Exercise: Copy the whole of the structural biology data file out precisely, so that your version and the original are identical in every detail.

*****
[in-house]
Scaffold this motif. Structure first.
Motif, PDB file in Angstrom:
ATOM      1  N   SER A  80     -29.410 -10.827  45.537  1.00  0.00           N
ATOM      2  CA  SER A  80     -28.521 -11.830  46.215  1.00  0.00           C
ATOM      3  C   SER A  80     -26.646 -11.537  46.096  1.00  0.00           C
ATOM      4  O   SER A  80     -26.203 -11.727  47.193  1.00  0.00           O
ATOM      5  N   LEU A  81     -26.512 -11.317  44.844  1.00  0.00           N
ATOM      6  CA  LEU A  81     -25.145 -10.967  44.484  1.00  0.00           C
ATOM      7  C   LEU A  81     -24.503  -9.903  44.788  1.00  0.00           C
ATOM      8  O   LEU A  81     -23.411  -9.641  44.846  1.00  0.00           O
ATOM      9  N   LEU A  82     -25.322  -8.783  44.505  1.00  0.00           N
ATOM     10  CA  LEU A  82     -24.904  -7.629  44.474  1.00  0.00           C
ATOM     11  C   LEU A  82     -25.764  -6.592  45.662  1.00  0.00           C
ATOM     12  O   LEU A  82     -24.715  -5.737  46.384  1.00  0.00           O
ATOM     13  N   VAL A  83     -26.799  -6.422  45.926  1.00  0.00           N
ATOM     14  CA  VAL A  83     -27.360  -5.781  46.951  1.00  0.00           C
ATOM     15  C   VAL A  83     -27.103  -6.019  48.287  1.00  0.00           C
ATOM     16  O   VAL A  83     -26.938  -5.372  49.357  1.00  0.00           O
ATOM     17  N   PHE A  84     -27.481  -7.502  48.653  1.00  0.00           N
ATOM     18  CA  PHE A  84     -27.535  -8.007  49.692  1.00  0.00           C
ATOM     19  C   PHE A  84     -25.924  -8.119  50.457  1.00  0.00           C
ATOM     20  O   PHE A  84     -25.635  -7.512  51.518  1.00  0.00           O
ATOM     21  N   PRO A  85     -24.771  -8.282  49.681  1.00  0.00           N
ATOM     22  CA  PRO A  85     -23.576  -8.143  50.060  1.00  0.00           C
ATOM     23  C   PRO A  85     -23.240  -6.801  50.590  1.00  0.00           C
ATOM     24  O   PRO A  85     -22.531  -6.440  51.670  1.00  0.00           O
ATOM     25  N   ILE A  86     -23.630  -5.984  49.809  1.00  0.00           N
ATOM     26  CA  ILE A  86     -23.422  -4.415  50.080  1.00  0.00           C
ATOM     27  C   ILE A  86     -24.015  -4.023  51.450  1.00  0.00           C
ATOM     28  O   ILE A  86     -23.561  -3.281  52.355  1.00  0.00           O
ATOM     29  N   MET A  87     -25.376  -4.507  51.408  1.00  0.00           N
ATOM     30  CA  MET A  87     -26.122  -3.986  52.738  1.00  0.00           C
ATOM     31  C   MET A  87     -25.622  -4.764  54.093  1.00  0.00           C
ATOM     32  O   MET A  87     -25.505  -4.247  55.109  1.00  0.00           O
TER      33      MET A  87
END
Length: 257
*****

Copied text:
[in-house]
Scaffold this motif. Structure first.
Motif, PDB file in Angstrom:
ATOM      1  N   SER A  80     -29.410 -10.827  45.537  1.00  0.00           N
ATOM      2  CA  SER A  80     -28.521 -11.830  46.215  1.00  0.00           C
ATOM      3  C   SER A  80     -26.646 -11.537  46.096  1.00  0.00           C
ATOM      4  O   SER A  80     -26.203 -11.727  47.193  1.00  0.00           O
ATOM      5  N   LEU A  81     -26.512 -11.317  44.844  1.00  0.00           N
ATOM      6  CA  LEU A  81     -25.145 -10.967  44.484  1.00  0.00           C
ATOM      7  C   LEU A  81     -24.503  -9.903  44.788  1.00  0.00           C
ATOM      8  O   LEU A  81     -23.411  -9.641  44.846  1.00  0.00           O
ATOM      9  N   LEU A  82     -25.322  -8.783  44.505  1.00  0.00           N
ATOM     10  CA  LEU A  82     -24.904  -7.629  44.474  1.00  0.00           C
ATOM     11  C   LEU A  82     -25.764  -6.592  45.662  1.00  0.00           C
ATOM     12  O   LEU A  82     -24.715  -5.737  46.384  1.00  0.00           O
ATOM     13  N   VAL A  83     -26.799  -6.422  45.926  1.00  0.00           N
ATOM     14  CA  VAL A  83     -27.360  -5.781  46.951  1.00  0.00           C
ATOM     15  C   VAL A  83     -27.103  -6.019  48.287  1.00  0.00           C
ATOM     16  O   VAL A  83     -26.938  -5.372  49.357  1.00  0.00           O
ATOM     17  N   PHE A  84     -27.481  -7.502  48.653  1.00  0.00           N
ATOM     18  CA  PHE A  84     -27.535  -8.007  49.692  1.00  0.00           C
ATOM     19  C   PHE A  84     -25.924  -8.119  50.457  1.00  0.00           C
ATOM     20  O   PHE A  84     -25.635  -7.512  51.518  1.00  0.00           O
ATOM     21  N   PRO A  85     -24.771  -8.282  49.681  1.00  0.00           N
ATOM     22  CA  PRO A  85     -23.576  -8.143  50.060  1.00  0.00           C
ATOM     23  C   PRO A  85     -23.240  -6.801  50.590  1.00  0.00           C
ATOM     24  O   PRO A  85     -22.531  -6.440  51.670  1.00  0.00           O
ATOM     25  N   ILE A  86     -23.630  -5.984  49.809  1.00  0.00           N
ATOM     26  CA  ILE A  86     -23.422  -4.415  50.080  1.00  0.00           C
ATOM     27  C   ILE A  86     -24.015  -4.023  51.450  1.00  0.00           C
ATOM     28  O   ILE A  86     -23.561  -3.281  52.355  1.00  0.00           O
ATOM     29  N   MET A  87     -25.376  -4.507  51.408  1.00  0.00           N
ATOM     30  CA  MET A  87     -26.122  -3.986  52.738  1.00  0.00           C
ATOM     31  C   MET A  87     -25.622  -4.764  54.093  1.00  0.00           C
ATOM     32  O   MET A  87     -25.505  -4.247  55.109  1.00  0.00           O
TER      33      MET A  87
END
Length: 257